New data shows demand for cybersecurity professionals remains strong across the state, with Colorado employers posting 9,487 cybersecurity job openings during the 12 months ending September 2017.
That’s in addition to the estimated 18,308 cybersecurity workers employed in Colorado at the end of 2016.
The new figures were released Nov. 7 by CyberSeek, the free workforce resource developed by tech industry association CompTIA and labor market analytics company Burning Glass Technologies.
“The demand for skilled and certified cybersecurity professionals is surging from coast to coast and border to border,” Burning Glass Technologies CEO Matthew Sigelman said in a news release.
Sigelman said the demand for cybersecurity talent “significantly outstrips the supply of available workers” in every state, including Colorado.
“Colorado Springs is already one of the top cities in America for cybersecurity jobs, with more than 80 private cyber companies,” Colorado Springs Mayor John Suthers said at the inaugural National Cyber Symposium Nov. 1. “We are aggressively pursuing our vision to become not just Olympic City USA but also Cyber City USA.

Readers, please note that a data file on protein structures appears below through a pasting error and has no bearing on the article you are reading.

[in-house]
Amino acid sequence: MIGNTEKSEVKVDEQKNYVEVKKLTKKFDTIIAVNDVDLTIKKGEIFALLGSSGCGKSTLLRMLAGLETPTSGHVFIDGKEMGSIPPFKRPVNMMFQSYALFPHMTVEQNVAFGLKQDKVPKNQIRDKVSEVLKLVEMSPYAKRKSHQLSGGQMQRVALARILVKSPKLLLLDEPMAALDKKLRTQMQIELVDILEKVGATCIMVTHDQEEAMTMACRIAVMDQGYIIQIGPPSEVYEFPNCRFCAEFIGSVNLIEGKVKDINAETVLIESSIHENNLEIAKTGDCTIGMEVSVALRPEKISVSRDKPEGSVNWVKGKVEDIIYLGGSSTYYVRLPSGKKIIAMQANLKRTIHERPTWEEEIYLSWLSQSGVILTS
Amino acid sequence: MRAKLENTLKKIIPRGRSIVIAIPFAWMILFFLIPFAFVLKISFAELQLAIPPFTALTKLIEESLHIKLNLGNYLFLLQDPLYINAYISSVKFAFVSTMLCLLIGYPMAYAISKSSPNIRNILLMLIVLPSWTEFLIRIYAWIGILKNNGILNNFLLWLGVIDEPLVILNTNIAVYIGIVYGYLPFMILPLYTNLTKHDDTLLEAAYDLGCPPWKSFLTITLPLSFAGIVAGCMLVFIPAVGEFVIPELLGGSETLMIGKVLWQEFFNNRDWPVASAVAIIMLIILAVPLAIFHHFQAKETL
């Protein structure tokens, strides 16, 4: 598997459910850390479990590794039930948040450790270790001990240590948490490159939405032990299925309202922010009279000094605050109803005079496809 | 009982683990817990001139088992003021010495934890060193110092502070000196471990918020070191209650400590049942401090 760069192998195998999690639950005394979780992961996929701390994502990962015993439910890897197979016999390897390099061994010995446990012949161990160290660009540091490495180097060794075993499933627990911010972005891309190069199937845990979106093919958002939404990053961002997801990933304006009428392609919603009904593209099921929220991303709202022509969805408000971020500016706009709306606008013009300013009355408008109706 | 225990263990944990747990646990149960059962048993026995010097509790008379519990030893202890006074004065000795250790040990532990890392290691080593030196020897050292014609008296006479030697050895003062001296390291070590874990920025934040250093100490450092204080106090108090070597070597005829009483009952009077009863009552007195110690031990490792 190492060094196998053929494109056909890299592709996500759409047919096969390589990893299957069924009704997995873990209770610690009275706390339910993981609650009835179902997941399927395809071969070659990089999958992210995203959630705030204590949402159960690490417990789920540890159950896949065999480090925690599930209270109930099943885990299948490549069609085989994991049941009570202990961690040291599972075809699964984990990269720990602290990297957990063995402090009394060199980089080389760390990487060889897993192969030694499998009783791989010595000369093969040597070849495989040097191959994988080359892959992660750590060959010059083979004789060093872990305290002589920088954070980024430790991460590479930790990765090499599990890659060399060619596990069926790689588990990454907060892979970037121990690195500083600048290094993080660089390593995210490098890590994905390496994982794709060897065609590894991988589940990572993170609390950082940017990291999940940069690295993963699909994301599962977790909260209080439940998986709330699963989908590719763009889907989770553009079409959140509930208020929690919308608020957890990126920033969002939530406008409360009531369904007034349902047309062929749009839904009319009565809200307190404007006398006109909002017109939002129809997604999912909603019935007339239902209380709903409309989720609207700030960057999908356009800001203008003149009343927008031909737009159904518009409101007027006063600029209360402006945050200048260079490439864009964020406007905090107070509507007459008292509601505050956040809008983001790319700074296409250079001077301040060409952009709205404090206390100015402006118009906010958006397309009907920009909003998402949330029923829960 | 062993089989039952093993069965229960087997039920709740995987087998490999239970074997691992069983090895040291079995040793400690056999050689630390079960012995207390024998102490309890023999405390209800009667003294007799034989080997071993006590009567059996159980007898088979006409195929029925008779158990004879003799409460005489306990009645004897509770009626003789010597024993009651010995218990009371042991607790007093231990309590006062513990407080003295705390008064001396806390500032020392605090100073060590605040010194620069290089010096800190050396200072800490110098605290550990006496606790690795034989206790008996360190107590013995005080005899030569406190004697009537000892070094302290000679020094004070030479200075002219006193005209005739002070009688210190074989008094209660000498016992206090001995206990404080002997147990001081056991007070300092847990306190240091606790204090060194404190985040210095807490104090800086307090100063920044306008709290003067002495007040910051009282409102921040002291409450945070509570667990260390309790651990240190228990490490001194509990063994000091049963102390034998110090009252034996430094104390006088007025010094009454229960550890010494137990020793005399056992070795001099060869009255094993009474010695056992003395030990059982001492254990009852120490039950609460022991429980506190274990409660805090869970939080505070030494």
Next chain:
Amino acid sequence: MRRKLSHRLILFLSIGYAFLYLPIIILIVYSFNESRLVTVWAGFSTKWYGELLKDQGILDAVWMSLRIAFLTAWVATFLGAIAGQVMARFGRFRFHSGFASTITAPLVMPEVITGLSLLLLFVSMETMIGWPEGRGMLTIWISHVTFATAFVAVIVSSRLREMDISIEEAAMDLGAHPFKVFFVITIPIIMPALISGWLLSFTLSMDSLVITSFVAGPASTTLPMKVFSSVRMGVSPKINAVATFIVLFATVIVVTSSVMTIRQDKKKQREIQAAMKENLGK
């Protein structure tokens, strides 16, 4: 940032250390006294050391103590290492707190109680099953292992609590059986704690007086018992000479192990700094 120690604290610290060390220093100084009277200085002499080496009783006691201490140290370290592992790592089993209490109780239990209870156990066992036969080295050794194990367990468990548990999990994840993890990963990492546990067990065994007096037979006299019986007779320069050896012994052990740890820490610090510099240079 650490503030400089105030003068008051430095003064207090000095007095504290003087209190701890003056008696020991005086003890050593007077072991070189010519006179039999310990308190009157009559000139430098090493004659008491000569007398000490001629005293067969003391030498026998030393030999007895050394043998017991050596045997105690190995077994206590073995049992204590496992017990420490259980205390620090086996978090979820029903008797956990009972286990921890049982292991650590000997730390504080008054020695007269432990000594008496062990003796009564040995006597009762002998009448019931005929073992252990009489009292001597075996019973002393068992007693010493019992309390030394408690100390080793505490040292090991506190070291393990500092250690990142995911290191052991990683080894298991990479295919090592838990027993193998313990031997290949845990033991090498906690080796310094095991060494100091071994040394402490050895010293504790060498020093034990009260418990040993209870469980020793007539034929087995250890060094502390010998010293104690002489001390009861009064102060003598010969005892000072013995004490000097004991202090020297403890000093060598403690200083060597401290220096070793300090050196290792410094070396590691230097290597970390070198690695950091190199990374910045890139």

“We are attracting many of the world’s largest cyber companies as well as startups, venture capitalists and investors who all want to be part of this growing and vital industry,” Suthers added.
According to the Colorado Springs Chamber & EDC, the city is home to more than 140 IT companies, and the average Colorado Springs cybersecurity professional earns a salary of $116,000.
CyberSeek aligns with the National Institute of Standards and Technology’s NICE Cybersecurity Workforce Framework to show supply and demand of cybersecurity workers across the country, also revealing the job roles in highest demand, CompTIA Corporate Communications Director Steven Ostrowski said in an email.
The NICE framework categories Operate and Maintain, Securely Provision, Protect and Demand, and Analyze account for the bulk of current job postings.
“U.S. employers posted 285,681 cybersecurity job openings during the 12-month period that ended in September 2017 … in addition to the 746,858 cybersecurity workers employed across the country at the end of 2016,” Ostrowski said, adding that cybersecurity talent shortages are widespread. “Across all U.S. jobs, there were 5.6 employed workers per opening from October 2016 through September 2017. In cybersecurity, there are only 2.6 employed workers per opening.
“This means the cybersecurity talent pool would need to more than double overnight to align with the market average.”
Colorado’s cybersecurity workforce supply and demand ratio of 1.9 employed workers per opening is below the national average, according to the news release.
CyberSeek was created through a grant awarded by NIST, an agency of the U.S. Department of Commerce. This year its expanded, interactive career pathway includes information on 10 core cybersecurity roles and 5 tech jobs that often serve as “feeder roles” to cybersecurity positions, according to the news release.
The updated CyberSeek site also includes a heat map that tracks data on cybersecurity job demand overall, and within the public and private sectors.